We welcome Vivian Wang as our featured artist for August! She'll be at Click for West Seattle Art Walk Thursday August 10th, 6–9pm. We got to ask her a few questions to learn more about her world in 2D/3D line making.
How would you describe what you make?
The prints I’ll be showing at Click investigate how we perceive and interpret space. I created compositions of interweaving lanes that are accented with an arrangement of lines. I endeavor to push how the viewer sees this illusion of dimension. Their eyes would navigate the intertwined lanes, following the arrangement of lines into the depth of the print, but also find the flat areas of color to contrast that dimensionality as their eyes are drawn back to the surface.
Can you tell us about your favorite piece in the current collection?
Widmanstätten II would have to be my favorite piece in the current collection. I’m a firm believer in art that slowly reveals itself the more time a viewer spends with it. I feel like Widmanstätten II does that. At first glance, the panels form the larger composition of the lanes bending and folding through space. However, as I look at the piece longer, I start noticing the nuances of each panel and how the patterns of the lines change between them, or how there’s areas where the carving of the lines slipped slightly and creates a moment of perfect imperfection.
If you could collaborate with anyone (living or not), who would it be and why?
Yuko Takada Keller: she makes these beautiful installations with tracing paper and wire that, while being ethereal, create such a dynamic presence. It would be a dream come true to collaborate with her on creating an installation that transforms my two-dimensional works into a three-dimensional work that viewers can walk through and experience.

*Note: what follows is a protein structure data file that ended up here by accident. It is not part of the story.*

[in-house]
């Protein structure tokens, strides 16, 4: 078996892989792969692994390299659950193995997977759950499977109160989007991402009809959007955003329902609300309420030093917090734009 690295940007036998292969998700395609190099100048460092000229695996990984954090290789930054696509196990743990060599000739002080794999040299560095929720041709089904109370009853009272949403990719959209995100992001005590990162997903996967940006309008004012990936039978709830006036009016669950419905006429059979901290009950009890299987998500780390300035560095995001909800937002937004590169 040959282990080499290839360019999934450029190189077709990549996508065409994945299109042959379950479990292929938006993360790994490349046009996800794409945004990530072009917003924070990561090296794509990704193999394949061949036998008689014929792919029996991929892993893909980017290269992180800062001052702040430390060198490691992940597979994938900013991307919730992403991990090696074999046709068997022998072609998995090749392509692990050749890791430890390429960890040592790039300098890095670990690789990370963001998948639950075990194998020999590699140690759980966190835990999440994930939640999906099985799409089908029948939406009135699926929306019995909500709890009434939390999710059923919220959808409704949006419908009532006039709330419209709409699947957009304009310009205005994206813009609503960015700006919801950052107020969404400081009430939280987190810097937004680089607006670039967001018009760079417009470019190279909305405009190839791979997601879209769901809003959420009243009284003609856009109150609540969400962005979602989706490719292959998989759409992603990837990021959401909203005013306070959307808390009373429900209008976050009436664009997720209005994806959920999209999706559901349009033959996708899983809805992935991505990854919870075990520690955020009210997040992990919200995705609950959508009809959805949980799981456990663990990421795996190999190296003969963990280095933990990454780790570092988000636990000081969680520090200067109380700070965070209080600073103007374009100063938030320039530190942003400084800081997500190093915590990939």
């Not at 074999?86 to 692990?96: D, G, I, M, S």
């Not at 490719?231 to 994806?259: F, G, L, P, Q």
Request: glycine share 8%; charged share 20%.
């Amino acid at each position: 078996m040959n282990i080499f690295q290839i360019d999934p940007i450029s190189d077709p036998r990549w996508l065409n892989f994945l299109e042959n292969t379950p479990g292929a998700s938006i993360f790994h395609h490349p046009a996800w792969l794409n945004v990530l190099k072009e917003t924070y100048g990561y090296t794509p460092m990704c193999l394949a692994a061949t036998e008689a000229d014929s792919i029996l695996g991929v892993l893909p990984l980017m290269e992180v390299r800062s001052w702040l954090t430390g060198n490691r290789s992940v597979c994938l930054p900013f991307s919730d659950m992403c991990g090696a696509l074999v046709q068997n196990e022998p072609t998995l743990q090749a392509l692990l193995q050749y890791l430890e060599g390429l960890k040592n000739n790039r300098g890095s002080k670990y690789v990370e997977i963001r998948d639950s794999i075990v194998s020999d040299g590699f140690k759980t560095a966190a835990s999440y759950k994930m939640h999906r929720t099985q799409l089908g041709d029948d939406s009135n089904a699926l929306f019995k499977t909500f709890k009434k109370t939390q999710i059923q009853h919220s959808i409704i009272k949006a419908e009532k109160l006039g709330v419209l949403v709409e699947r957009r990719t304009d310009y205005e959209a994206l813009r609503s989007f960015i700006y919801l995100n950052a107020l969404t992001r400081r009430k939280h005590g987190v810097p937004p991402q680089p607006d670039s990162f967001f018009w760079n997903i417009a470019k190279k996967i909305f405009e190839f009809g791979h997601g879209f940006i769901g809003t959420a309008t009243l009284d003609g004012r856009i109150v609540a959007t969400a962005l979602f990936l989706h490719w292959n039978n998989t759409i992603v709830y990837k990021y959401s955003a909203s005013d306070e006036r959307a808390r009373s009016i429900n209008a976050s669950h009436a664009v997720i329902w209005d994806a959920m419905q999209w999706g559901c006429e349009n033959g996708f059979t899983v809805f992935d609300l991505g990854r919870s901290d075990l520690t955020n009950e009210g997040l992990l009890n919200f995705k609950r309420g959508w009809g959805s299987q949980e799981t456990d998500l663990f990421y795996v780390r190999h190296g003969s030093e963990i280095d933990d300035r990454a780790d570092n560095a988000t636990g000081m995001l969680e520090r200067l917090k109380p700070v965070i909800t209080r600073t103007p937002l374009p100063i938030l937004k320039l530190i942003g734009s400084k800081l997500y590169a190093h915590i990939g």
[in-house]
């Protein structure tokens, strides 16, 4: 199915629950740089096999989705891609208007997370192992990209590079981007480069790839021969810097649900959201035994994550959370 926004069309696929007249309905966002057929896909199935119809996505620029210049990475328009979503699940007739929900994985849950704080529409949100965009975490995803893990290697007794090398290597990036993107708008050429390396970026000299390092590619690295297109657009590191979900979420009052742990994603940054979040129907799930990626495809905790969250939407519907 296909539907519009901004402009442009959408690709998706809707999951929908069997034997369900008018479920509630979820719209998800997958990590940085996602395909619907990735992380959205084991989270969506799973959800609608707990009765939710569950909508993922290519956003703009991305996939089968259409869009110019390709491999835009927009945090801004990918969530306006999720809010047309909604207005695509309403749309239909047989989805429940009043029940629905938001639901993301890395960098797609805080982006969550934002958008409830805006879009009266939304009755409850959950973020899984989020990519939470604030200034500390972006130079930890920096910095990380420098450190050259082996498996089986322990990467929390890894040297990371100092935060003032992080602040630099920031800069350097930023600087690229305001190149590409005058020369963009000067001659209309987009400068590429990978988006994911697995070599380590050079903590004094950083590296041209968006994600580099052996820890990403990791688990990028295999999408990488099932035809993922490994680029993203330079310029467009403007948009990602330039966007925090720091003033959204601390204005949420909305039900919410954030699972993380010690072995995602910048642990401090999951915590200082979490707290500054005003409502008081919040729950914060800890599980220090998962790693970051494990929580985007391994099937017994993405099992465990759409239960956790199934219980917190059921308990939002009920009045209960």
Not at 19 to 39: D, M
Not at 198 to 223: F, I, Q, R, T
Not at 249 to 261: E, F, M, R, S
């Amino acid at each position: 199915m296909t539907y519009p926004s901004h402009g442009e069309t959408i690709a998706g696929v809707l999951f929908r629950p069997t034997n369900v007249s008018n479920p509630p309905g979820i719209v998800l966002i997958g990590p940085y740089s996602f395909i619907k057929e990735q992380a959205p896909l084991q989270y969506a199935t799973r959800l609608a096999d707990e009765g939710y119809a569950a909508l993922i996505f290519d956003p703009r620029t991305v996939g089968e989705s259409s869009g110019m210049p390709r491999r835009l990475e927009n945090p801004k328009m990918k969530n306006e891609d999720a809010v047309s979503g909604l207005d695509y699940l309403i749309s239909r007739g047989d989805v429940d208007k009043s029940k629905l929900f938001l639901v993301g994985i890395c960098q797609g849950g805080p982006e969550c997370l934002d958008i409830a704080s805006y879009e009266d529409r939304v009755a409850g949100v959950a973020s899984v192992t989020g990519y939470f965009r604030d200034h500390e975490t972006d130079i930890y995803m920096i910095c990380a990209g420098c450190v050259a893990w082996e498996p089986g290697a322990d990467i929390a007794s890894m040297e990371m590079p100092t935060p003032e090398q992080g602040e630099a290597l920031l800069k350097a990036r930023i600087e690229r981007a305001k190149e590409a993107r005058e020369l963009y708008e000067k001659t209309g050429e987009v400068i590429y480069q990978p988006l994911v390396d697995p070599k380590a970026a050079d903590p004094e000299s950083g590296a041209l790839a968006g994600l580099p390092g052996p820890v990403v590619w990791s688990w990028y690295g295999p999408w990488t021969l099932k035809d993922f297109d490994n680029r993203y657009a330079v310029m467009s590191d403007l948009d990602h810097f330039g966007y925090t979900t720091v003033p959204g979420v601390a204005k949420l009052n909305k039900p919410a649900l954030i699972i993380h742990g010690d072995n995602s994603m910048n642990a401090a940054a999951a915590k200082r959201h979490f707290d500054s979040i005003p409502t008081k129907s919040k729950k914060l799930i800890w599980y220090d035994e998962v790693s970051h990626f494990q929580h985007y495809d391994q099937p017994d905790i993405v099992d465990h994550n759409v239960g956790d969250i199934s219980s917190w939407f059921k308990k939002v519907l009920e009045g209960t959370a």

What’s the best piece of advice you’ve been given?
To step away from a piece I’m working on every now and then, so that I can come back to it with fresh eyes. Sometimes, If I’m feeling the momentum and am reluctant to step away from the studio, I’ll cheat by closing my eyes and turning my back to the piece, then turn back to the work and see what areas call out for attention.
Can you describe your favorite part of the process in your work?
My favorite part of the printmaking process is the moment after I’ve pulled a print through the press, and I’m lifting the paper off of the plate. There’s almost an adhesion between the paper and the plate from the tackiness of the ink, and I love the sensation of slowly peeling back the print.
When you are in the studio, what are you listening to?
Right now, electro swing! The music definitely keeps my energy up all day and may involve some dancing around the studio.
What is your most treasured handmade possession?
I am incredibly sentimental towards handmade items that my loved ones make for me. Often times these are seemingly simple and random drawings on scraps of paper or origami items, but are mementos of times we spend together. My most treasured item is a miniature rose my mom folded for me from a chocolate wrapper.